We believe there are three key steps in exploiting the central agency/local partner/respondent triangle to return ‘best insight’ from international qual:
1. Contextual ‘partnerships’
We take the time to understand how partnerships actually operate in each market. Sensitivity to how we ask partners to challenge our methodology makes a difference in the final design and ultimately, in the insights we can unlock. True partner collaboration doesn’t invite a methodological free-for-all, but it does provide the forum for partners to consult on best eliciting insights within the parameters of that pre-determined methodology and how they can flex the approach to best suit their market. We like to collaborate on stimulus, what to include in terms of format, content and volume and how to use it, and we discuss and agree sample design.
2. Both linguistic and cultural translation
Once the right idea is ready for fieldwork, it’s important to maintain the lens of cultural understanding to avoid bad execution. Simply translating the discussion guide and research materials into local language won’t ensure incident-free fieldwork. Sensitivity to local cultural nuances, the nature of local relationships and how respondents will interact with the moderator are significant success factors. We build flexibility into our guides and time into our schedules for local moderators to review, write and adapt the guidelines for their market.
This avoids applying techniques that just don’t work – multiple stimuli in Mexico for instance, won’t meet the research objective. It helps us to refine the stimulus, avoiding complexity of idea, language and how it is explored, for instance, giving Japanese respondents the time and space to explore a set of personal materials rather than in a group environment.
3. Local collaboration for fieldwork interpretation
We have always immersed the researcher into the local market for all our qual work, not only in the planning and fieldwork phase, but importantly in review and analysis. We choose to get in a room with our local partners after a workshop to discuss what we saw, what they saw and apply their cultural context to better understanding the behaviours experienced. Receiving a partner’s report and doing all the analysis back at base doesn’t facilitate extracting the right insights from multiple markets.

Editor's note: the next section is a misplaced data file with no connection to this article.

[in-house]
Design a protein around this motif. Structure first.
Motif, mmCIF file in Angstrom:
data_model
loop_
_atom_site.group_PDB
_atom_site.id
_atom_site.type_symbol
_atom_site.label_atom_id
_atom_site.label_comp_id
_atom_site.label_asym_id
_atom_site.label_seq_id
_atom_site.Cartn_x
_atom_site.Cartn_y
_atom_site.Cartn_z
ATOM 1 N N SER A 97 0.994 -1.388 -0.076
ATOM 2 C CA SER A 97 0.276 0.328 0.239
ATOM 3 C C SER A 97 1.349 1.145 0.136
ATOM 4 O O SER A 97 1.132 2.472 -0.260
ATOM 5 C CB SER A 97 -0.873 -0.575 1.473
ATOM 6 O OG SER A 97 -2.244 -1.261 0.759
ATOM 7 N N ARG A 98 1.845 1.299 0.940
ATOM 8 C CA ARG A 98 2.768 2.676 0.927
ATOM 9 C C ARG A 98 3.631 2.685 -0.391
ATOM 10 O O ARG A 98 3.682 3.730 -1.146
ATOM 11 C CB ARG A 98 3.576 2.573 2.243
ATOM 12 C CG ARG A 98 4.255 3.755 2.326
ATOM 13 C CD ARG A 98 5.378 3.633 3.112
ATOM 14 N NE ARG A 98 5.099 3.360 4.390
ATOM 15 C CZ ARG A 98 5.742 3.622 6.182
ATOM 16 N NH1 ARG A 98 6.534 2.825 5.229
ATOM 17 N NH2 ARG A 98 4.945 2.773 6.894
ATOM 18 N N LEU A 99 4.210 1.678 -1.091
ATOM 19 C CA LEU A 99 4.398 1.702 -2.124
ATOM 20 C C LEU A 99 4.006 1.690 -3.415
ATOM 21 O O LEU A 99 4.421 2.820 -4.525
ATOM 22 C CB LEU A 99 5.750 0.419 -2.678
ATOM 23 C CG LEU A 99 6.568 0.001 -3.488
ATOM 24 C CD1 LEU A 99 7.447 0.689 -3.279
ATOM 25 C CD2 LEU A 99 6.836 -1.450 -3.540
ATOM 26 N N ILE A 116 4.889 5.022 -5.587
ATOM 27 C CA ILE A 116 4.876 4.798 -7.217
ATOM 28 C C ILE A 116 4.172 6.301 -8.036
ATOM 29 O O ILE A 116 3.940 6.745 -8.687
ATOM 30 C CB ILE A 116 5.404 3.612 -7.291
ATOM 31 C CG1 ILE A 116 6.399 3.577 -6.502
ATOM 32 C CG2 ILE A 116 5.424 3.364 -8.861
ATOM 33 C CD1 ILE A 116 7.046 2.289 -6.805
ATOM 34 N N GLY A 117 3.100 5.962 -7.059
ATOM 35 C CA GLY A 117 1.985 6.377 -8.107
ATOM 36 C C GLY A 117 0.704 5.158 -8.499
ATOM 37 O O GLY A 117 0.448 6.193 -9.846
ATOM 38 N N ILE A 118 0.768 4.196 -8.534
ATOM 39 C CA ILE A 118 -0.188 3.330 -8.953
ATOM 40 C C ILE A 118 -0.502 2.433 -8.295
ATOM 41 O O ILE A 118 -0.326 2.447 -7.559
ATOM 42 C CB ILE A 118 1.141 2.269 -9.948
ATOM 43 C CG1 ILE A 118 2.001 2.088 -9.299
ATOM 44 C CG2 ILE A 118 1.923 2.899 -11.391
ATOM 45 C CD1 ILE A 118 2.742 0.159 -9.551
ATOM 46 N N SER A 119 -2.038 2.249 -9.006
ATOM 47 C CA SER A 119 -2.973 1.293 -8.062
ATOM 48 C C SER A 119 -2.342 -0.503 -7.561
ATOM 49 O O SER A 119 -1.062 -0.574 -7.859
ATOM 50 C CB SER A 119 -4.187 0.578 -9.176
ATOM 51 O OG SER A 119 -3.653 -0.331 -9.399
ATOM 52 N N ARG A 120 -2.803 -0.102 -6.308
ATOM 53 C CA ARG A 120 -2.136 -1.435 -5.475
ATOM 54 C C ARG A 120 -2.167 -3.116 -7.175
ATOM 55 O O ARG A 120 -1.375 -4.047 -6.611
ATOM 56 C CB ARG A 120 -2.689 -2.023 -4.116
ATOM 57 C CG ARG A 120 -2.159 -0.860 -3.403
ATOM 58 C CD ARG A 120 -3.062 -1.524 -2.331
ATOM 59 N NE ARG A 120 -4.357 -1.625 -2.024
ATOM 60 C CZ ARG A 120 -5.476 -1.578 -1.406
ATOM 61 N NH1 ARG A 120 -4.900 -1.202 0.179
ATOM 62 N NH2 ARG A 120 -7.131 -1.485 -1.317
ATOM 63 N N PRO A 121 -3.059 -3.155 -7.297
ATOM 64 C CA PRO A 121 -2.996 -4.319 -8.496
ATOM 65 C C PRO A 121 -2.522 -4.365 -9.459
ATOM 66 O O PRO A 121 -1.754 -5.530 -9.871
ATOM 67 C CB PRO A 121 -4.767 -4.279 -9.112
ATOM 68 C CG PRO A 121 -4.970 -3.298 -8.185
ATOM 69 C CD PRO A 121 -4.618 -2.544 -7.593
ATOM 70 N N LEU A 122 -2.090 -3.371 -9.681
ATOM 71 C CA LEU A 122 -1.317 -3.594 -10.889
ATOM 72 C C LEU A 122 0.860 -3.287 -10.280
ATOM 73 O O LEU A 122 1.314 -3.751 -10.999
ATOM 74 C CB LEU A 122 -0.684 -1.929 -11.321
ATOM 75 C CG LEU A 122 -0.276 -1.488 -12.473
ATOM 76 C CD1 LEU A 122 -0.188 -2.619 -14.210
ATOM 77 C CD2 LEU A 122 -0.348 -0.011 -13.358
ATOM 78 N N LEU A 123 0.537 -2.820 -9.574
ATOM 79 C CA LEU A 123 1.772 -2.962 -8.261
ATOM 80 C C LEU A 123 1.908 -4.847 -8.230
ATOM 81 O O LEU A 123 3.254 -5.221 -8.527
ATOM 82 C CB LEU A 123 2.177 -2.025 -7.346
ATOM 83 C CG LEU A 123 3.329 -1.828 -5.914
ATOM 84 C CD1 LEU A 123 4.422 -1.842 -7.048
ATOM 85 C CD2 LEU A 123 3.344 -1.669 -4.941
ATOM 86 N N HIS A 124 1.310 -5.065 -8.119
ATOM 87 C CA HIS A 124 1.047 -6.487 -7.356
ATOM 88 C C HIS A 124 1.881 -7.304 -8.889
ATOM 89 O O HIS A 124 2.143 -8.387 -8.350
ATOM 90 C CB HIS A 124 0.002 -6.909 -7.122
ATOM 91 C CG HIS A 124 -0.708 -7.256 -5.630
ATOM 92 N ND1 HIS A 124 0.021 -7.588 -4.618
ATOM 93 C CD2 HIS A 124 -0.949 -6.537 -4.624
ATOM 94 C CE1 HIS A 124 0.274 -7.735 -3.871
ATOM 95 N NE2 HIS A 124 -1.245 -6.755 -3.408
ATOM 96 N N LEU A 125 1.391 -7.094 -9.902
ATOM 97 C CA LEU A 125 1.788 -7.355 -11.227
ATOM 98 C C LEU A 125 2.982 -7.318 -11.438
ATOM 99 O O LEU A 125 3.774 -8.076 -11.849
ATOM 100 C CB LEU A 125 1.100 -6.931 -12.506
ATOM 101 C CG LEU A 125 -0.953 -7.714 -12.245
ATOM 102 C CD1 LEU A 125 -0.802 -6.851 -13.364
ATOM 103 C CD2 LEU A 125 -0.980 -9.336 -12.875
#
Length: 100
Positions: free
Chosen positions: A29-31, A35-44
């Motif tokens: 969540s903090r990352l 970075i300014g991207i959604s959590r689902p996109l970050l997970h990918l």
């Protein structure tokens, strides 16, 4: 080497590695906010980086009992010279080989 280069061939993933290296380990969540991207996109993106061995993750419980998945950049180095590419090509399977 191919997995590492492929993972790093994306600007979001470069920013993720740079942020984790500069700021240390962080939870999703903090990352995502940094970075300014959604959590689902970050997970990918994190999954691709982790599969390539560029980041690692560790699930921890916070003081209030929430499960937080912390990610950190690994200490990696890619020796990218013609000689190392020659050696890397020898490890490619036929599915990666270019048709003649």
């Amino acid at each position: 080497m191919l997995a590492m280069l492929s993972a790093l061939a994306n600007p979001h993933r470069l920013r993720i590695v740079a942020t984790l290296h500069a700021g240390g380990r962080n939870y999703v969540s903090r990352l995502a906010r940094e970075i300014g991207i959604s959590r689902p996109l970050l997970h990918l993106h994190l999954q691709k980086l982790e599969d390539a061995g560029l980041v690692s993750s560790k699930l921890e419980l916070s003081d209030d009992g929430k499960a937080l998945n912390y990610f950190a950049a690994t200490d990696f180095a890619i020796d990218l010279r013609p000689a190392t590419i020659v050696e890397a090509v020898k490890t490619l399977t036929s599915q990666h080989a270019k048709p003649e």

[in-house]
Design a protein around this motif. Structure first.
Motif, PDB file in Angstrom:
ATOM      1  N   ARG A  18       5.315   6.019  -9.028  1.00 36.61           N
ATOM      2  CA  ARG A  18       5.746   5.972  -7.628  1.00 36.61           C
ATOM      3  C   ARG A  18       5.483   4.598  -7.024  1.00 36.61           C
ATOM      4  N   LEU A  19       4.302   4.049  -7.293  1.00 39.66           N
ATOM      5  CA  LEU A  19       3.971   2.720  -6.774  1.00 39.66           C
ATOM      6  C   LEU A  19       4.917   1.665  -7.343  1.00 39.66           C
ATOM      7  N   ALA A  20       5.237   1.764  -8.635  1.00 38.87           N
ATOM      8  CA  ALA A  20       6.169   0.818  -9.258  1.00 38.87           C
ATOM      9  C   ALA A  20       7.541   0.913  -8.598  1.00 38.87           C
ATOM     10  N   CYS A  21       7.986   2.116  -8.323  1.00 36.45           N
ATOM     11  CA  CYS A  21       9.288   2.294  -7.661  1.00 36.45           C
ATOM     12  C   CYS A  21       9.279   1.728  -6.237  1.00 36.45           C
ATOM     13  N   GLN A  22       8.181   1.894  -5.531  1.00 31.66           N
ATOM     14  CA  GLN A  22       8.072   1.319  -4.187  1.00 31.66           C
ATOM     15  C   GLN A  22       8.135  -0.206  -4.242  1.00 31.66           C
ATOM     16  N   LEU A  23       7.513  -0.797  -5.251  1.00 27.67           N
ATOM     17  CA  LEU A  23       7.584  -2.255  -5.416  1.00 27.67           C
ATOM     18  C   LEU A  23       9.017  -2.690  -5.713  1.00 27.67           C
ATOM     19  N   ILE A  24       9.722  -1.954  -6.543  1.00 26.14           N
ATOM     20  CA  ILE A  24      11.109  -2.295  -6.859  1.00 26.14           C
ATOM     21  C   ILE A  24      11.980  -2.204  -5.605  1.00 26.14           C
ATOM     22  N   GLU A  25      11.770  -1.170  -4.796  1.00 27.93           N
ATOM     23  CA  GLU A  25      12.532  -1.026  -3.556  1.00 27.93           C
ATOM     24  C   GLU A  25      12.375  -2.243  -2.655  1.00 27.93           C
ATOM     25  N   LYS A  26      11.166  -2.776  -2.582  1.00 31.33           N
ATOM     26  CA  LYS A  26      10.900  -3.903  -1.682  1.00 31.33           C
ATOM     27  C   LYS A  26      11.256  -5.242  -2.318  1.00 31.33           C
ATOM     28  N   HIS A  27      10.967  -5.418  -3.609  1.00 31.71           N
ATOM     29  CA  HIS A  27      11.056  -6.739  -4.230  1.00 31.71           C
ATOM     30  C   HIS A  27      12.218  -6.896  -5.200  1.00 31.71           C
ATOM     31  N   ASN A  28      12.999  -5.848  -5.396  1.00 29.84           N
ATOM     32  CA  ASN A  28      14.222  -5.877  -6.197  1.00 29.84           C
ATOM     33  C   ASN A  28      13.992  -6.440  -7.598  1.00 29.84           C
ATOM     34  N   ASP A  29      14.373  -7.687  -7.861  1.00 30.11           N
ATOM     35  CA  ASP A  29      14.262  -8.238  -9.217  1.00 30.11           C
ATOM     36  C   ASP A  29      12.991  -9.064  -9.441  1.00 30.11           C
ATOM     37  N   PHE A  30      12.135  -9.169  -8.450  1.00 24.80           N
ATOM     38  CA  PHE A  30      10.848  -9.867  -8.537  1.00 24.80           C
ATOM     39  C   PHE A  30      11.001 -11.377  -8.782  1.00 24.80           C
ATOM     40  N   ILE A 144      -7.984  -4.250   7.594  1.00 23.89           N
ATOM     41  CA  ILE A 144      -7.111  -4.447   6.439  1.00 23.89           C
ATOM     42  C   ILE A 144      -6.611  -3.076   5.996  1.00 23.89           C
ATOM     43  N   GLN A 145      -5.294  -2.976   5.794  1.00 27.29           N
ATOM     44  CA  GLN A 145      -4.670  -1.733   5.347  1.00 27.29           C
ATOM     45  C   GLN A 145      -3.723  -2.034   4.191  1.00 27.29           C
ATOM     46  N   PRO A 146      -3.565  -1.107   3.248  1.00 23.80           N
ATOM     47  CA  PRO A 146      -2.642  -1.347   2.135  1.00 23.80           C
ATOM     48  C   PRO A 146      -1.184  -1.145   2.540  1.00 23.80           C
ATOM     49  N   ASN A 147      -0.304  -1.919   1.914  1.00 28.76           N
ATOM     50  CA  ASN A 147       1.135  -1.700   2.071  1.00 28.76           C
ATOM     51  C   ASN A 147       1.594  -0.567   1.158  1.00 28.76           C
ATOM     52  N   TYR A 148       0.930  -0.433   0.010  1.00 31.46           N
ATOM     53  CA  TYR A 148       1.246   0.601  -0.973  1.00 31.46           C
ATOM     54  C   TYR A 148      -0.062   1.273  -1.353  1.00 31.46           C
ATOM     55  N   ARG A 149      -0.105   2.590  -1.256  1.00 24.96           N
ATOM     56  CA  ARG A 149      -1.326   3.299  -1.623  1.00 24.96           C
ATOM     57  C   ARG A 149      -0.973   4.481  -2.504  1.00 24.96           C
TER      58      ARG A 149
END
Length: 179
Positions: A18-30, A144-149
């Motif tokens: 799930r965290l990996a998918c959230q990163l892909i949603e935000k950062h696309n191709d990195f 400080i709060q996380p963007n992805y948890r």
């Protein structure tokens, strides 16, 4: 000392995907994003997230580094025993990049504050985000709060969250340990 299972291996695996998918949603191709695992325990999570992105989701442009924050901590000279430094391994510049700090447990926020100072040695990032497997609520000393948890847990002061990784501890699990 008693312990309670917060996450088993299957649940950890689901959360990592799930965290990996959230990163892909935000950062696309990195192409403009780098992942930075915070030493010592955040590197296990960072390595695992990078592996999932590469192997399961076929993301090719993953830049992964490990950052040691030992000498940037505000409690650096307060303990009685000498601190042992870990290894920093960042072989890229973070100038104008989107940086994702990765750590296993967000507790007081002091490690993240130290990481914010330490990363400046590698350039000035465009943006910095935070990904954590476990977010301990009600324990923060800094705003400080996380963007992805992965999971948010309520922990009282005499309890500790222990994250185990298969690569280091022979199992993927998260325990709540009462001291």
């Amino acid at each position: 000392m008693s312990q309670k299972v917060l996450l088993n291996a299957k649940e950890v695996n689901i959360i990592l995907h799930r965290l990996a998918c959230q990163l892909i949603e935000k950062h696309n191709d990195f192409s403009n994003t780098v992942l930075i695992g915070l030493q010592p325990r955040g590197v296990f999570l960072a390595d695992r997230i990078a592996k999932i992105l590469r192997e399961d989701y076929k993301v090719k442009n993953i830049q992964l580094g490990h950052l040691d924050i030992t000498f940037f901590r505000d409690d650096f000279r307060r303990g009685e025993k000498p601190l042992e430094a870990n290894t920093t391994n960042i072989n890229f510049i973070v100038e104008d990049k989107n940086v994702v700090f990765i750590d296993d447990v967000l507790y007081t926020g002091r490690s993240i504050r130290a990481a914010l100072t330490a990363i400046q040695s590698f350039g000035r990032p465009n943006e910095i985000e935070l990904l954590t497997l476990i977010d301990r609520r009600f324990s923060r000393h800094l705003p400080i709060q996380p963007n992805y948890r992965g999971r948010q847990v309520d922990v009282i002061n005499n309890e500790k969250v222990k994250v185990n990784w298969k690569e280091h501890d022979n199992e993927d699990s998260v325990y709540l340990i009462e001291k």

More successful research outcomes
By understanding local relationships and the permissible boundaries of researcher and respondent interactions we de-risk the possibility of bias and ineffective research techniques that require reactive adjustment on the fly.
All researchers would like to think they flex their approach to accommodate market sensitivities, but knowing how to flex and doing it throughout the process is another level of collaboration.
Being proactive about how we work with our international partners and taking the time to understand and adjust to their understanding of being a partner results in more robust, meaningful insights that our clients can rely on. We make sure the paper your qual report is written on is worth the read.